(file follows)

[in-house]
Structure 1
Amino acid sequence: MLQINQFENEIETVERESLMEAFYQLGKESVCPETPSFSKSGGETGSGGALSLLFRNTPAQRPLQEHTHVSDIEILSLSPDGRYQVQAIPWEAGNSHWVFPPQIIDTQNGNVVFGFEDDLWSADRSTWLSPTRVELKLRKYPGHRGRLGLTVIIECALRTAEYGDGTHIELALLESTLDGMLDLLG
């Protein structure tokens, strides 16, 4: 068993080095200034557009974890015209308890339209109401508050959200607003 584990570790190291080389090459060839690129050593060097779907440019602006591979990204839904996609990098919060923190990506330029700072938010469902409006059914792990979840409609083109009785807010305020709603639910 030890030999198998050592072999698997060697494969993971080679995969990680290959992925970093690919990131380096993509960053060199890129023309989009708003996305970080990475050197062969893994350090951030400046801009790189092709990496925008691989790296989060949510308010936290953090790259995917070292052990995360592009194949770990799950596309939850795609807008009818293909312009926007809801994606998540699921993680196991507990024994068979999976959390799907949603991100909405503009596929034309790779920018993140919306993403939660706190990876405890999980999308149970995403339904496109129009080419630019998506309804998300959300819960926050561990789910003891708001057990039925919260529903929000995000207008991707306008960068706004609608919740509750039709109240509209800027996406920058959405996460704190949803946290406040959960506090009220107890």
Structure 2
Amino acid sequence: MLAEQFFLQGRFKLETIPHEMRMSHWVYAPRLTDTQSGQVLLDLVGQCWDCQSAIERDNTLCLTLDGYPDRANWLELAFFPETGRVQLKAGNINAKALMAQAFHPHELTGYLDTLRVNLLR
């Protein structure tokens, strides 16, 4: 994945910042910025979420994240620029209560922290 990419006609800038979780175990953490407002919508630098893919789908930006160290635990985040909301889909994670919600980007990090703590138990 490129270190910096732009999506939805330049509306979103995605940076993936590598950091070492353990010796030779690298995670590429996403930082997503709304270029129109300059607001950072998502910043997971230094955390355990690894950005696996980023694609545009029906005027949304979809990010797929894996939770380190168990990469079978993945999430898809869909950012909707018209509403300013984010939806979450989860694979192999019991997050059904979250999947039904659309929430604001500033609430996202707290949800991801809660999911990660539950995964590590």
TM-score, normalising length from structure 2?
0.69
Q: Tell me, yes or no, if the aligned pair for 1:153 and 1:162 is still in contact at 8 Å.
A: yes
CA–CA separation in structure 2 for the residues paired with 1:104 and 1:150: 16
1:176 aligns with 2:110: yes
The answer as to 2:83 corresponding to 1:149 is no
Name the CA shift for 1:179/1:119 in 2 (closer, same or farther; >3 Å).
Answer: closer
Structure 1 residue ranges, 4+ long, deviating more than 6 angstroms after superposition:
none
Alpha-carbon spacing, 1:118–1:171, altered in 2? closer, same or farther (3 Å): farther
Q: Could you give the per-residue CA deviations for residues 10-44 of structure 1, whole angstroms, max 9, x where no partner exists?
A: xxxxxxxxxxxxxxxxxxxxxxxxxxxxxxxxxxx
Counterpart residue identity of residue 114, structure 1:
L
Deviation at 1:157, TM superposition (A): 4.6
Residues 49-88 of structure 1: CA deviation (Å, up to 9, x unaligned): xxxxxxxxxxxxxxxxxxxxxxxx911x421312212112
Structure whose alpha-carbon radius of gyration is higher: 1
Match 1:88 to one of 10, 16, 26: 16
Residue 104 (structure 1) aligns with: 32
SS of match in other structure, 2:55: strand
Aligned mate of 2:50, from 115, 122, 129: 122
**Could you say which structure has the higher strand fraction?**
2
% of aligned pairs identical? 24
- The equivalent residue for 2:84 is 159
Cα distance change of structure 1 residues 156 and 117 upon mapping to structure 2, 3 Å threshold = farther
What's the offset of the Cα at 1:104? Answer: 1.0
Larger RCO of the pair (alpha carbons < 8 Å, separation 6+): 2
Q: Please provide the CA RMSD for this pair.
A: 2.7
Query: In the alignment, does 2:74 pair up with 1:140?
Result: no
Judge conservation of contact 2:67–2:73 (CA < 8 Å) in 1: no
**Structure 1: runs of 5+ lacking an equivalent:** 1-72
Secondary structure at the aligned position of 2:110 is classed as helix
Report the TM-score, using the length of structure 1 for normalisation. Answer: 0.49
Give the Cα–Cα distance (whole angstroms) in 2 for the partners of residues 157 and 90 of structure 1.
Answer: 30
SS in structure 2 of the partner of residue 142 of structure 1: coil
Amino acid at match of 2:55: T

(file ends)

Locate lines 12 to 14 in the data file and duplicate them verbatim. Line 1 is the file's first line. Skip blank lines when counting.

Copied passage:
CA–CA separation in structure 2 for the residues paired with 1:104 and 1:150: 16
1:176 aligns with 2:110: yes
The answer as to 2:83 corresponding to 1:149 is no